mission were ignored.

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Joe Biden

The big question of 2016 will be whether Vice President Joe

Biden, who will be 70 soon, tries to succeed his boss. He has

not ruled out a run. When he voted in the presidential election

on Tuesday, a reporter asked him if this was the last time he

would cast a ballot for himself. "No, I don't think so," Biden

replied. As a former chairman of the Senate Foreign Relations

Committee, he is a foreign policy expert.

But Biden was a bull in a china shop during the 2012

campaign. In one speech in the former slave state of Virginia,

Biden told a crowd Romney and his Republicans want to "put ya'll

back in chains." His debate with Paul Ryan was distinguished by

frequent derisive smiles and sarcastic laughter by Biden. When

Obama's healthcare overhaul was signed into law, Biden could be

heard over an open mic muttering to the president that this was

a "big (expletive) deal."

Obama has stuck by his No. 2 loyally through the gaffes, and

Biden has returned the favor. "Folks, I've watched him," Biden

said of Obama at the Democratic convention. "He never wavers. He

steps up. He asks the same thing over and over again: How is

this going to work for ordinary families? Will it help them? And

because of the decisions he's made, and the strength the

American people have demonstrated every day, America has turned

the corner." The potential of an intra-party battle between

Clinton and Biden appeals to political reporters. But a more

likely scenario would see Biden giving way to Clinton and

perhaps serving as her secretary of state should she win.

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Martin O'Malley

O'Malley, 49, the liberal governor of Maryland, is getting

national attention from his perch as the current chairman of the

Democratic Governors Association. He is believed to have held

national ambitions for some time. He was given a prime-time

speaking slot at the Democratic convention in Charlotte in which

he espoused liberal ideals. "As we search for common ground and

the way forward together, let's ask one another - let's ask the

leaders in the Republican Party - without any anger, meanness or

fear: How much less, do you really think, would be good for our

country? How much less education would be good for our children?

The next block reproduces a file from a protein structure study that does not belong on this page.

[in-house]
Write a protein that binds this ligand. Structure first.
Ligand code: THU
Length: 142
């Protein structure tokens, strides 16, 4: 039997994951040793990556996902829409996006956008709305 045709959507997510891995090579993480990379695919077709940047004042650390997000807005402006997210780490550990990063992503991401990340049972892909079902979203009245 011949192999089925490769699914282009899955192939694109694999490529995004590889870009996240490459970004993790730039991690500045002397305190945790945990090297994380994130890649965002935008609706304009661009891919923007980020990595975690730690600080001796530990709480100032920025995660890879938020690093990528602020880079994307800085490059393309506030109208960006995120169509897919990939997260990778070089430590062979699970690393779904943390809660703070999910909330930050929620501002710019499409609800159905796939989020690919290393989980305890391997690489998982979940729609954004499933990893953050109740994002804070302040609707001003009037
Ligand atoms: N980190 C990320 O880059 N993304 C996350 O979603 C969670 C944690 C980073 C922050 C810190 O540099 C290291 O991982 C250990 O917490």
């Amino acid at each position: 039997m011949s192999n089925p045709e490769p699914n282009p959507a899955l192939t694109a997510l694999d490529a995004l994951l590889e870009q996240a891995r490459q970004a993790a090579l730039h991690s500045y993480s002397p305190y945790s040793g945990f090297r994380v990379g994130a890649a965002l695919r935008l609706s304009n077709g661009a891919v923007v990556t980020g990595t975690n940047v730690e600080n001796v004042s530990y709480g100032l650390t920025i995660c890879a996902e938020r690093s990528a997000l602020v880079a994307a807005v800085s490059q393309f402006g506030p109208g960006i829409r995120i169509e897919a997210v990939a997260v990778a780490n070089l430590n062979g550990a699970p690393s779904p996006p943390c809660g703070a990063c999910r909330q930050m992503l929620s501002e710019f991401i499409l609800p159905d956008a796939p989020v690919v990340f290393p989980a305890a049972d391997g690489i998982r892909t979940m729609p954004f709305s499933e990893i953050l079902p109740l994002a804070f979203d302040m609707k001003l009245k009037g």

How many hungry American kids can we no longer afford to feed?"

He has been a top advocate for legalizing same-sex marriage,

which Maryland voters approved in the Nov. 6 election. And he

has referred to illegal immigrants as "new Americans." Should

Clinton or Biden fall to the wayside, O'Malley might get the

attention of the Democratic left during the party's primary

battle.

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Mark Warner

Warner, 57, a senator from Virginia, harbored presidential

ambitions in 2008 but ultimately opted not to run. A

multimillionaire from the telecom industry, Warner served a term

as governor of Virginia and helped boost the state's economy.

Known as a moderate Democrat, Warner is in his first term in

the Senate and there has been some talk he might want to run

again for the governor's seat in his home state. He got

attention as a possible 2016 presidential candidate when he

addressed delegates from the early voting state of Iowa at the

Democratic National Convention in Charlotte

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Andrew Cuomo

Cuomo, 54, the governor of New York, has been keeping a

relatively low profile. He spent little time at the Democratic

convention and has batted away questions about any presidential

ambitions. Whether he ran or not would probably depend on

whether fellow New Yorker Hillary Clinton decided to seek the

nomination since both would tap into the same fund-raising

sources. With an approval rating in New York that crested above

70 percent this spring, Cuomo is among the most popular leaders

in the Democratic Party. His championing of same-sex marriage in

New York makes him a favorite of progressives.

He built a reputation of fiscal responsibility while working

with a Republican legislature, making him an attractive voice

for voters yearning for across-the-aisle success stories. As a

Catholic and Italian-American, Cuomo, like Biden, he could be a

strong surrogate for the president among conservative Democrats

in the Rust Belt.

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Other Democrats who might consider a run include

Massachusetts Governor Deval Patrick, Minnesota Senator Amy

Klobuchar, New York Senator Kirsten Gillibrand and Montana

Governor Brian Schweitzer.

(Reporting by Steve Holland; editing by Todd Eastham)